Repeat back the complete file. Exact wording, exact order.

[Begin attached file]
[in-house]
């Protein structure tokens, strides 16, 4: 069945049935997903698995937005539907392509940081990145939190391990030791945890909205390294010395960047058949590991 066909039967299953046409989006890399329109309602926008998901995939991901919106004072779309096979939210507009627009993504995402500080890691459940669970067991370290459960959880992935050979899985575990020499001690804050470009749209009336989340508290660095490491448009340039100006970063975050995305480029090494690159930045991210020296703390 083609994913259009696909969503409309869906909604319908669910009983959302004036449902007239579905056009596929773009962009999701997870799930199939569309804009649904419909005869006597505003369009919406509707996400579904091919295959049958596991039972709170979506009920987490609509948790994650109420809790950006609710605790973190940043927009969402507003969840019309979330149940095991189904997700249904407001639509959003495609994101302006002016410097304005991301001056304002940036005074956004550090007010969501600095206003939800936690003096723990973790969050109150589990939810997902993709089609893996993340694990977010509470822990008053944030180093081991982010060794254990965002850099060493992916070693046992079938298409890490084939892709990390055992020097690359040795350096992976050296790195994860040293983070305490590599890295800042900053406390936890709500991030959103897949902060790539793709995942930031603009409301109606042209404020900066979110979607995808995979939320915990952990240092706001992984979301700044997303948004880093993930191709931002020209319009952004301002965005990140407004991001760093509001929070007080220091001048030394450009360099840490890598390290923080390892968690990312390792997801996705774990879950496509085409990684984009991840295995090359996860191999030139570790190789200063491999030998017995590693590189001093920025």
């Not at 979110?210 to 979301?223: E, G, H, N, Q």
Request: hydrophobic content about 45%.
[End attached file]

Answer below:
[in-house]
């Protein structure tokens, strides 16, 4: 069945049935997903698995937005539907392509940081990145939190391990030791945890909205390294010395960047058949590991 066909039967299953046409989006890399329109309602926008998901995939991901919106004072779309096979939210507009627009993504995402500080890691459940669970067991370290459960959880992935050979899985575990020499001690804050470009749209009336989340508290660095490491448009340039100006970063975050995305480029090494690159930045991210020296703390 083609994913259009696909969503409309869906909604319908669910009983959302004036449902007239579905056009596929773009962009999701997870799930199939569309804009649904419909005869006597505003369009919406509707996400579904091919295959049958596991039972709170979506009920987490609509948790994650109420809790950006609710605790973190940043927009969402507003969840019309979330149940095991189904997700249904407001639509959003495609994101302006002016410097304005991301001056304002940036005074956004550090007010969501600095206003939800936690003096723990973790969050109150589990939810997902993709089609893996993340694990977010509470822990008053944030180093081991982010060794254990965002850099060493992916070693046992079938298409890490084939892709990390055992020097690359040795350096992976050296790195994860040293983070305490590599890295800042900053406390936890709500991030959103897949902060790539793709995942930031603009409301109606042209404020900066979110979607995808995979939320915990952990240092706001992984979301700044997303948004880093993930191709931002020209319009952004301002965005990140407004991001760093509001929070007080220091001048030394450009360099840490890598390290923080390892968690990312390792997801996705774990879950496509085409990684984009991840295995090359996860191999030139570790190789200063491999030998017995590693590189001093920025």
């Not at 979110?210 to 979301?223: E, G, H, N, Q």
Request: hydrophobic content about 45%.